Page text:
The Games That Changed the Game

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  • Edition: Reprint
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  • Copyright: 2011-08-30
  • Publisher: ESPN
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From the advent of the vertical passing game to the development of ever-more-sophisticated blitzing schemes on defense, professional football in the last half century has been a sport marked by relentless innovation. For fans determined to keep up with the changes that have transformed the game, close examination of the coachingfootage is a must. In the words of Hall of Fame linebacker Mike Singletary, #x1C;The film does not lie.#x1D; In The Games That Changed the Game, Ron Jaworski, a one-time NFL MVP turned Monday Night Football analyst and pro football#x19;s #1 game-tape guru, breaks down the film from seven of the most momentous contests of the last fifty years. With an eye toward the brilliant game plans and seminal strategic breakthroughs that revolutionized play on both sides of the ball, Jaworski offers readers a drive-by-drive, play-by-play guide to the evolutionary leaps that now define the modern NFL, as well as portraits of the seven men who exhibited both creativity and courage in bucking established strategies. From Sid Gillman#x19;s development of the Vertical Stretch, which culminated in the San Diego Chargers#x19; victory in the 1963 AFL Championship Game and launched the era of wide-open passing offenses, to Bill Belichick#x19;s daring defensive game plan in Super Bowl XXXVI, which enabled his outgunned squad to upset the heavily favored St. Louis Rams and usher in the New England Patriots dynasty, the most cutting-edge concepts come alive again through the recollections of nearly seventy coaches and players interviewed for this book. Writing with the same vivid, passionate, and accessible style that has made him television#x19;s go-to X#x19;s and O#x19;s maven, Jaworski fills in the blanks for fans who aren#x19;t satisfied with merely dropping the terms #x1C;West Coast offense#x1D; or #x1C;46 defense#x1D; into conversation, but want to understand them fully, in context, as they were experienced by the men who played the game. You#x19;ll never watch the NFL the same way again. Foreword by Steve Sabol, president, NFL Films From the Hardcover edition.

Table of Contents

Forewordp. v
Author's Notep. ix
Introductionp. xi
Sid Gillman's Vertical Stretchp. 3
Boston Patriots Vs. San Diego Chargers, January 5, 1964
Bud Carson's Cover-Two Defensep. 35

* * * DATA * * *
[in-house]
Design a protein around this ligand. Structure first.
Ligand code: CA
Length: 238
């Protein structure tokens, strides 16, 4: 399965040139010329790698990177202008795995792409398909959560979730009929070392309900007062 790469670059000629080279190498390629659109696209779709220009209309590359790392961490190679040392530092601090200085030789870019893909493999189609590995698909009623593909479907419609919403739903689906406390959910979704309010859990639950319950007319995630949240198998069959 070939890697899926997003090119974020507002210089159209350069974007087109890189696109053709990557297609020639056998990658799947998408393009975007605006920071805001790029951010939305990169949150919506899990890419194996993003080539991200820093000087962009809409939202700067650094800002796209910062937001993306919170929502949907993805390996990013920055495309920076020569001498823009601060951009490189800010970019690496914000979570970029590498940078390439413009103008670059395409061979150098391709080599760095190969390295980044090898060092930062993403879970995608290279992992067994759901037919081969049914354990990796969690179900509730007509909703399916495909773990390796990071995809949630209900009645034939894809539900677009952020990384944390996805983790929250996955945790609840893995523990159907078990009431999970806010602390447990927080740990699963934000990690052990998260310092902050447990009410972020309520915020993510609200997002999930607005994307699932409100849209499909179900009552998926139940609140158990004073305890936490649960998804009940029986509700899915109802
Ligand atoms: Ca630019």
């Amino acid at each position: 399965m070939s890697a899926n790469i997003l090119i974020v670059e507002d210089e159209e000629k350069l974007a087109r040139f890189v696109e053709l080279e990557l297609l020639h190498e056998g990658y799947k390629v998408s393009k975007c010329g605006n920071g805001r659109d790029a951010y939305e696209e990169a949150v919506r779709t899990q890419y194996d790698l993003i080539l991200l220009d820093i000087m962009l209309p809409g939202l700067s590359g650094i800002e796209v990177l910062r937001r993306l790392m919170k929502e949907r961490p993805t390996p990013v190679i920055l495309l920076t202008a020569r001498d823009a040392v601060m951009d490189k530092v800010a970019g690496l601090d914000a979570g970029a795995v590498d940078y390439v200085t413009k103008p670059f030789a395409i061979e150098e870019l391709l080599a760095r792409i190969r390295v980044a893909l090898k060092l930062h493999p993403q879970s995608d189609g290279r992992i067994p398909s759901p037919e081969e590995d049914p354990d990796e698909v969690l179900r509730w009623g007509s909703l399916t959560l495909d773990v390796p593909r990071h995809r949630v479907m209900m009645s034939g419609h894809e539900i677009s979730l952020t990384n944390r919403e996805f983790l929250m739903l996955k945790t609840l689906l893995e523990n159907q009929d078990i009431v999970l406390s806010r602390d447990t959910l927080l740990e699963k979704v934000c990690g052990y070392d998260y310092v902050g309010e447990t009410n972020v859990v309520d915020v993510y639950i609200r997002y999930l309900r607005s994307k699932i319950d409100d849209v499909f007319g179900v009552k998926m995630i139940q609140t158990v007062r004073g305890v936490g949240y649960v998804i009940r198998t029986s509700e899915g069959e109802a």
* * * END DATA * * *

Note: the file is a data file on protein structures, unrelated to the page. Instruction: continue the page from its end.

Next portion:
Pittsburgh Steelers Vs. Oakland Raiders, December 29, 1974
Don Coryell's Roving-Yp. 78
Oakland Raiders Vs. San Diego Chargers, September 14, 1980
Bill Walsh's West Coast Offensep. 115
New York Giants Vs. San Francisco 49Ers, January 3, 1982
Buddy Ryan's 46 Defensep. 155
Chicago Bears Vs. Dallas Cowboys, November 17, 1985
Dick LeBeau's Zone Blitzp. 194
Buffalo Bills Vs. Pittsburgh Steelers, January 9, 1993
Bill Belichick's "Bull's-Eys" Game Planp. 232
St. Louis Rams Vs. New England Patriots, February 3, 2002
Afterwordp. 267
Acknowledgmentsp. 287
Appendix: Box Scoresp. 291
Indexp. 299
Table of Contents provided by Ingram. All Rights Reserved.


Sunday No. 1

Sid Gillman’s Vertical Stretch

1963 AFL ChampIonship Boston Patriots vs. San Diego Chargers

Balboa Stadium, San Diego, California — January 5, 1964

Dick Vermeil was my coach with the Philadelphia Eagles for six years. He is the most influential person in my football life. Dick believed in me when others did not. He taught me how to be a leader, how to do things right, how to be tough enough to survive in the brutal world of the NFL.

Dick also gave me the greatest gift any quarterback could ever ask for. At a critical point in my career, he brought in Sid Gillman to be my position coach. If there were a Mount Rushmore for pioneering football geniuses, Sid Gillman’s likeness would be on it. Sid, quite simply, is the father of the modern passing game. Every passing guru—from Al Davis and Don Coryell to Bill Walsh and Mike Holmgren—owes him a debt of gratitude. Every fan who loves “the bomb” should be grateful to Gillman. I know I was. For two years, I was the lucky recipient of Sid’s incredible knowledge, and I’d equate my experience with him to be the same as a physics student getting daily one-on-one tutoring from Albert Einstein.